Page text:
- Any weapon that is disguised or not immediately recognizable as a weapon (any type of knife that is designed to look like an air gauge, lipstick case, writing pen, walking cane, belt buckle, hair brush, etc.)
- Any type of hardened knuckles (wooden, metal or composite / plastic)
- Any type of billy club, blackjack, sap, sandbag, sandclub, sap or slungshot (this is not a typo. A "slungshot", also called a "monkey fist", is a weighted ball on a rope). Courts have determined that "billy club" includes any type of bat, stick, club or baton if it's intended use is a weapon, even for home defense. Wait, that can't be right. But it is. Keeping a baseball bat under your bed as a weapon for home defense is arguably illegal in California. That's right, a loaded shotgun under the bed = legal. Baseball bat under the bed = illegal. Of course, it would be virtually impossible for police to enforce this absurd law unless the bat were used to commit some sort of crime. In the absence of some other criminal activity, I would argue that the 2nd Amendment's Right to Keep & Bear Arms trumps California's nonsensical rule against club-type weapons in the home for self-defense. I've never heard of a law-abiding person being prosecuted for possession of a baseball bat in his own home.
- Class 1 also includes "nunchaku" (nunchucks), throwing stars and other "martial arts-type" weapons, with exceptions for martial arts schools and instructors.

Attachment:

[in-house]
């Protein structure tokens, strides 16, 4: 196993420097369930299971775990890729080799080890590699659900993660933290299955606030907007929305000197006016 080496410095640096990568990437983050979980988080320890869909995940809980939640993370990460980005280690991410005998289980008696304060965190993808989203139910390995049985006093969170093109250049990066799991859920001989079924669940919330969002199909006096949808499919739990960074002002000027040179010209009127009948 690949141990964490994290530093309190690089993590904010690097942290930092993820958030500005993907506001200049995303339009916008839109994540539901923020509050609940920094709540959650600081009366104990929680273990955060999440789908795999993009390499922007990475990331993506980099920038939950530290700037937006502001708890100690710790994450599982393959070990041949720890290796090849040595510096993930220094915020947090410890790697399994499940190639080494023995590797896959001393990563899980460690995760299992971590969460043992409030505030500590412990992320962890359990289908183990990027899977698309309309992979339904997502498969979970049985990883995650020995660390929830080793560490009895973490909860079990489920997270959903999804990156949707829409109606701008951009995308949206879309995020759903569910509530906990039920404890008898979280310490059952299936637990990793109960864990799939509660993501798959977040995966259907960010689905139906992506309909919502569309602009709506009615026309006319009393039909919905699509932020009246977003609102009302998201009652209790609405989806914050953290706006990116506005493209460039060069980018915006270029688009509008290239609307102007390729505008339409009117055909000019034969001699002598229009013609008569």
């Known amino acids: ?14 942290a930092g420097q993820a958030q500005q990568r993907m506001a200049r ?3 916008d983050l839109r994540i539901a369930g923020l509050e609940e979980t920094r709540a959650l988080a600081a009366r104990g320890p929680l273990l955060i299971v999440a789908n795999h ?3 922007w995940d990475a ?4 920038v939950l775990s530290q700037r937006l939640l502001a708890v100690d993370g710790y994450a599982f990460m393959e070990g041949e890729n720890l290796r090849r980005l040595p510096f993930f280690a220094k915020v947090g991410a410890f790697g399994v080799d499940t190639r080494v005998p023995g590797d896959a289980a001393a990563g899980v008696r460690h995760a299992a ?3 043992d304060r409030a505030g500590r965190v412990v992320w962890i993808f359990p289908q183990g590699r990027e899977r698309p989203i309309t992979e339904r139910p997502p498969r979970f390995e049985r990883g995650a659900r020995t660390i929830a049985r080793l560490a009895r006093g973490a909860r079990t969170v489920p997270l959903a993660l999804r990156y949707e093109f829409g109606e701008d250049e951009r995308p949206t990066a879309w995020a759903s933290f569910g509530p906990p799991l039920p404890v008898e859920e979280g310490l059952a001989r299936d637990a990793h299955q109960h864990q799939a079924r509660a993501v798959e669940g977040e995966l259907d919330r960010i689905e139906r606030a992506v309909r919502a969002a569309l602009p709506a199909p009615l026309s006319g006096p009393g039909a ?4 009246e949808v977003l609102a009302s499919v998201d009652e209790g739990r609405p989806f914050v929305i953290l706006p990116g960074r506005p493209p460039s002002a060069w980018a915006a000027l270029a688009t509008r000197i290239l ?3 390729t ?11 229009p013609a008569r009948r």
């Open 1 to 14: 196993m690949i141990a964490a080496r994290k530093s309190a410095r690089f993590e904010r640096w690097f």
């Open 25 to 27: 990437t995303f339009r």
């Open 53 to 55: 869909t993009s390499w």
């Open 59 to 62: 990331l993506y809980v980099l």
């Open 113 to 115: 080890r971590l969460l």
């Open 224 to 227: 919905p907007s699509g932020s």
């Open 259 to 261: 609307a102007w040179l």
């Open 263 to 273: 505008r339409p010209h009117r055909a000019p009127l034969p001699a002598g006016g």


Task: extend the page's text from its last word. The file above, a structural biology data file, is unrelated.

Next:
- Switchblades and butterfly knives with blades longer than 2 inches fall within this class -- they may be owned and possessed at home, but not in public or in your car. You may not sell them, loan them to a friend, give them away, or transfer them to any other person.
- Any dirk or dagger. "Dirk" and "dagger" are both synonymous terms for stabbing weapons. This includes anything with a fixed blade, capable of being used to inflict death or serious injury by stabbing. Folding knifes don't count, no matter how big they are, as long as the blade is not extended and locked into place while concealed. Section 20200 of the California Penal Code reads, "A knife carried in a sheath that is worn openly suspended from the waist of the wearer is not concealed within the meaning of [this code]".
- When it comes to knives, size really doesn't matter in California. A few local codes prohibit concealed knives of various lengths, but the state Penal Code makes no distinction between giant knives and tiny ones. If the knife folds, it may be carried concealed, even if the blade is a foot long. If the blade is fixed, it may NOT be worn concealed, even if the blade is only 3 inches. And there is no maximum length for blades that are worn openly. That means swords are legal, but small neck knives are not. I didn't make up these rules.
- Tear gas / pepper spray
- Stun guns
- Folding knifes, as long as the blade is not open and locked into place while concealed.
There are many possible defenses to weapons charges in California. Often, illegal weapons are discovered by police during illegal searches of your property. If a search is performed without your permission, without probable cause and without a warrant, there may be grounds to suppress anything discovered as a result of that search. Only a qualified criminal defense attorney can tell you whether or not you might have a defense based on an illegal search or a violation of your right to privacy.
For more information visit our website. Orange County Weapons Attorney.